|Frequently Asked Questions (FAQs)
What kind of ties should be used with concrete masonry walls?
A: There are many ties available in
the marketplace. Not all ties are appropriate for all masonry uses;
they should be selected based on the application. Corrugated ties
are supposed to be used only with veneer over wooden studs; unit
metal ties including regular ties and adjustable ties are used with
two-wythe construction for cavity walls; and metal ladder-type ties
are to be used for multiwythe composite action walls. Masonry headers
are no longer recommended for connecting wythes (MSJC 2008, PCA
A recent advisory from the Masonry Advisory Council cautioned those
involved in designing, building, specifying, or inspecting masonry
for residential or commercial properties about the inappropriate
use of corrugated ties (MAC 2007). These light gauge metal ties
are simply not robust enough to be used with brick veneer over concrete
or concrete block. If the wall has been laid, it is possible to
install retrofit anchors either before or after brick veneer has
been installed. These tend to be costly repairs and should be prevented
by the proper specification and use of ties at the outset.
Unit metal ties are available in one-piece or two-piece (eye and
pintle sections) varieties, with the two-piece ties accommodating
some difference in alignment between wythes.
|Adjustable ties connect two wythes of masonry
in this cavity wall detail. (PCA EB008 2008)
Additional information about wall ties can be found in:
Q: What is the purpose of joint reinforcement
in masonry walls?
A: In a previous issue of the Masonry
enewsletter, we showed the above drawing with eye-and-pintle ties
on a two-wythe wall. These two-piece tie assemblies are designed
to connect one wythe to the other while allowing for some adjustment
for joints that do not align at the exact same height. A brick expert
who read the item, John Bufford of Acme Brick, sent a comment about
the ties suggesting that the use of continuous wire reinforcement
and anchors was a far more common tie detail as it serves the dual
function of connecting the two wythes together while simultaneously
providing longitudinal reinforcement in the concrete masonry backup
system for crack control purposes. On further investigation with
Jason Thompson of the National Concrete Masonry Association, we
agreed that the unit ties originally shown, which do not have longitudinal
reinforcement as part of the tie assembly, are not an effective
means of providing crack control measures for the concrete masonry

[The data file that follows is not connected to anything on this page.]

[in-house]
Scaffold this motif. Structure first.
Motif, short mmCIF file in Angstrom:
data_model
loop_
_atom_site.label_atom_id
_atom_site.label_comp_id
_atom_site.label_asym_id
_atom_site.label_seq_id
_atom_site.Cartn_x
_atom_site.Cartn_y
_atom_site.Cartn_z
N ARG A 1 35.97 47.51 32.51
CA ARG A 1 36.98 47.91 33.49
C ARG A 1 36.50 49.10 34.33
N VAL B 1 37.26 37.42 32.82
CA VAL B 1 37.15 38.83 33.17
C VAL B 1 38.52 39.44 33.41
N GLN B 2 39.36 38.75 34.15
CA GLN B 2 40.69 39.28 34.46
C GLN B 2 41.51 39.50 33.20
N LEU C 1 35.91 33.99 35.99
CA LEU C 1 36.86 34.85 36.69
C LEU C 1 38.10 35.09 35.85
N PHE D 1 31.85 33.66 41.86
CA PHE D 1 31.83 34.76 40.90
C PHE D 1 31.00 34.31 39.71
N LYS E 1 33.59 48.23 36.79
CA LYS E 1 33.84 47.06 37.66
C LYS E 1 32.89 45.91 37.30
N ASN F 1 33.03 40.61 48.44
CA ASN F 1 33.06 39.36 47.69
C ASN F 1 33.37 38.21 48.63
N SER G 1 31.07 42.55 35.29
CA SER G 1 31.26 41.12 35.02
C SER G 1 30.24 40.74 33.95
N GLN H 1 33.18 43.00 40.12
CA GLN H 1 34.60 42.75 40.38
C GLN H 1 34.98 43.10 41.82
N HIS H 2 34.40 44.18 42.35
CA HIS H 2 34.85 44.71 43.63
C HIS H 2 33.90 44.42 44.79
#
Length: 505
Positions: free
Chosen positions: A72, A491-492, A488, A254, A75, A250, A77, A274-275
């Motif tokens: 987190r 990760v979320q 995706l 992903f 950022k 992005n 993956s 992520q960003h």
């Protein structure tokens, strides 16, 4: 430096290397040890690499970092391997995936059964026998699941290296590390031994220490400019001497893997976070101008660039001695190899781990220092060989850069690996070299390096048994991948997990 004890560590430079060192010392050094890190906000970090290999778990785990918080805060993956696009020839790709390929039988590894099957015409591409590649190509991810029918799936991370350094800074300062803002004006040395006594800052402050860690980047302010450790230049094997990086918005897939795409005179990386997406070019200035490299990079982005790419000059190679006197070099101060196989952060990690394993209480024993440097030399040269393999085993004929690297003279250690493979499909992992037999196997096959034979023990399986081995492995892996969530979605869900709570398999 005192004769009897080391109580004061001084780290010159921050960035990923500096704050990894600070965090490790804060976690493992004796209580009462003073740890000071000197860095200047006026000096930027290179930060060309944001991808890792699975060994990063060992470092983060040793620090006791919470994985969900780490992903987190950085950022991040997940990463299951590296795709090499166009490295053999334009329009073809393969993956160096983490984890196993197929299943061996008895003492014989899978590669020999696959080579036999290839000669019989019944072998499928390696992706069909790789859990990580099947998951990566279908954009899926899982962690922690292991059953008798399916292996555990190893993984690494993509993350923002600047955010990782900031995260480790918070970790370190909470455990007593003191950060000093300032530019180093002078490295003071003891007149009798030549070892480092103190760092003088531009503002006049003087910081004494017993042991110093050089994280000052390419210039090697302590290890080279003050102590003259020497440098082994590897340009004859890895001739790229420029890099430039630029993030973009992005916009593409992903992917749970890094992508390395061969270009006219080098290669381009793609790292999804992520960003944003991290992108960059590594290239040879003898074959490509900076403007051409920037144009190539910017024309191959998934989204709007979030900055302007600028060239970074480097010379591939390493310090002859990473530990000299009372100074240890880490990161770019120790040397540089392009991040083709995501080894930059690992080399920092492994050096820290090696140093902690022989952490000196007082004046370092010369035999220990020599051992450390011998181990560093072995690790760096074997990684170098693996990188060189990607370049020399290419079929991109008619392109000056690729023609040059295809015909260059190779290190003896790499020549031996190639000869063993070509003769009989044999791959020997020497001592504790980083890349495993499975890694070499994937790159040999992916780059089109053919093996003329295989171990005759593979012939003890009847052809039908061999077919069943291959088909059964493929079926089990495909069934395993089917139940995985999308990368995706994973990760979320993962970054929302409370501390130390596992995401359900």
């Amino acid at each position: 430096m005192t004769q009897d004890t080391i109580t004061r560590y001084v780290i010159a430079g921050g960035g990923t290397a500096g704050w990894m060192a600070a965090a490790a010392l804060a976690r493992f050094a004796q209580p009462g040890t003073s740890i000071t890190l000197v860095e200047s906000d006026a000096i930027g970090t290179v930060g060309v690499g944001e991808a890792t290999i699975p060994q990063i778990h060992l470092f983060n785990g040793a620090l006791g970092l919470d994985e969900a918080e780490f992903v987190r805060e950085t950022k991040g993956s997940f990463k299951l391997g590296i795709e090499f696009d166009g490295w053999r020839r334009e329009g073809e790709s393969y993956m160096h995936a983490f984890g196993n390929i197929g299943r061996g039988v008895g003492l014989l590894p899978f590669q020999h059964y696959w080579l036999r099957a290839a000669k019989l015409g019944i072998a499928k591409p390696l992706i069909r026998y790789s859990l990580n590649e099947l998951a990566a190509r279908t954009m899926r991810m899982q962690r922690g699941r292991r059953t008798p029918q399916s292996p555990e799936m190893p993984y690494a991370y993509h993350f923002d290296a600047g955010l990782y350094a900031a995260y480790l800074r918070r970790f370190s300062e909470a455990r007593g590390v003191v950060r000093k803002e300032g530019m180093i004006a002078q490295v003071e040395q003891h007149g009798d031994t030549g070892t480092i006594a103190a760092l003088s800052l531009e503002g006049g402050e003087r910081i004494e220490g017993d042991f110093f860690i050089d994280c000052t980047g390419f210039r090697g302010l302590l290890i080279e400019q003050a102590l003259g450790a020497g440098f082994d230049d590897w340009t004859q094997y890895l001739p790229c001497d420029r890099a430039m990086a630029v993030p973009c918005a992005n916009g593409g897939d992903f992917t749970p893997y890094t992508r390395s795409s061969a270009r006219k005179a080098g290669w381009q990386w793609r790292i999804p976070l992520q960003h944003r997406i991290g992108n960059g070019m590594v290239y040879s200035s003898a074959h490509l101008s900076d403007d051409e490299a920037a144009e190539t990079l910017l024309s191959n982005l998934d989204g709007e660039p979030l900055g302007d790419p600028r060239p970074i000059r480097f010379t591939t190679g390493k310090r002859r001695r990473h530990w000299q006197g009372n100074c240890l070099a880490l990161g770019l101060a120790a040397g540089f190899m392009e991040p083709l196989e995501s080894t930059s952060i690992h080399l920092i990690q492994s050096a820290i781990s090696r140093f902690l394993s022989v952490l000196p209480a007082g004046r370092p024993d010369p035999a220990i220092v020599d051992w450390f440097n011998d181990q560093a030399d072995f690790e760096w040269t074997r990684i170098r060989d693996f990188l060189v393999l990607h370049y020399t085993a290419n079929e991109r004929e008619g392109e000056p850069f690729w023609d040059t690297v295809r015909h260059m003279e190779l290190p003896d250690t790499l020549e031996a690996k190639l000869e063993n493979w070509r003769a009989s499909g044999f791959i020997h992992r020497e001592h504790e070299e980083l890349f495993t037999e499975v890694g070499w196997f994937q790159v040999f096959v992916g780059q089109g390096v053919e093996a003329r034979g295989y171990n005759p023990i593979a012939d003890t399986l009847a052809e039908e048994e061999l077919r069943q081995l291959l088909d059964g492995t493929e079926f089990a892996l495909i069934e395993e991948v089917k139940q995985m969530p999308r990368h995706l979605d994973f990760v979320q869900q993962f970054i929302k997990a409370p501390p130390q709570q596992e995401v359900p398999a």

To accommodate shrinkage due to temperature or moisture fluctuations,
or to account for differential movement between different portions
of a wall assembly, concrete masonry walls need longitudinal reinforcement,
either in the form of joint reinforcement or bond beams, to minimize
the potential for cracking in the wall assembly. When bed joint
reinforcement is used, it is frequently placed in every other course.
In the case of the original detail, assuming bond beam reinforcement
was not used, it would have been appropriate to illustrate the use
of a tie assembly that included bed joint reinforcement along with
the double pintle and hook system to attach brick veneer.
Continuous metal ties are also called prefabricated joint reinforcement,
mesh, or more commonly, joint reinforcement. Joint reinforcement
normally consists of two or more parallel longitudinal wires to
which cross wires are welded. Joint reinforcement may be used for
the following reasons:
- To act as structural steel reinforcement to increase masonry’s
resistance to flexural, shear, and tensile stresses
- To act as longitudinal reinforcement for the control of cracking
due to drying shrinkage and temperature changes
- To bond adjacent masonry wythes together in composite, faced,
cavity, and veneer wall constructions.
Referring to the drawing above, the reason the question was raised
is that these distinct accessories do not provide longitudinal reinforcement
along the wall’s length (reason #2 above).
variation on this type of reinforcement is shown at right, which
combines the need for crack control of concrete masonry along the
length of the wall with the ability to tie two wythes together.
The adjustable ladder wire (with double hooks) is laid in the CMU
as the wall is built, and the pintle section is used to attach the
brick veneer, which is constructed later. The hooks (and pintles)
are typically spaced 16 in. (406 mm) on center horizontally. Because
the reinforcement is placed in every other course, that makes for
a 16-in. (406 mm) vertical spacing, too. This results in one tie
for every 1.77 sq ft (0.16 m2) of wall area (16 in. x
16 in.) The Building
Code Requirements and Specification for Masonry Structures
(LT313) requires at least one tie for every 2.67 sq ft (0.25
m2), so this requirement is satisfied by the 16-in. spacing
horizontally and vertically. The adjustable ladder type has built-in
eyes to hold the pintles to accommodate some vertical difference
between wythes (like the unit ties shown above).
Other related types of reinforcement are show in Figures 3 and 4.
While these do serve to connect two wythes of masonry, neither of
these styles allow for vertical adjustment between wythes. In addition,
both wythes would need to be laid at the same time, but that is
no longer very common.
|Figures 3 and 4. Prefabricated
ladder T’s (left) and tab ties (right) connect two wythes
of masonry but are not adjustable. (PCA EB008 2008)
Additional information about wall ties can be found in PCA’s
Handbook for Architects, Engineers, Builders,
2008 edition (EB008) and in several TEK Sheets from NCMA.
Return to Masonry FAQs.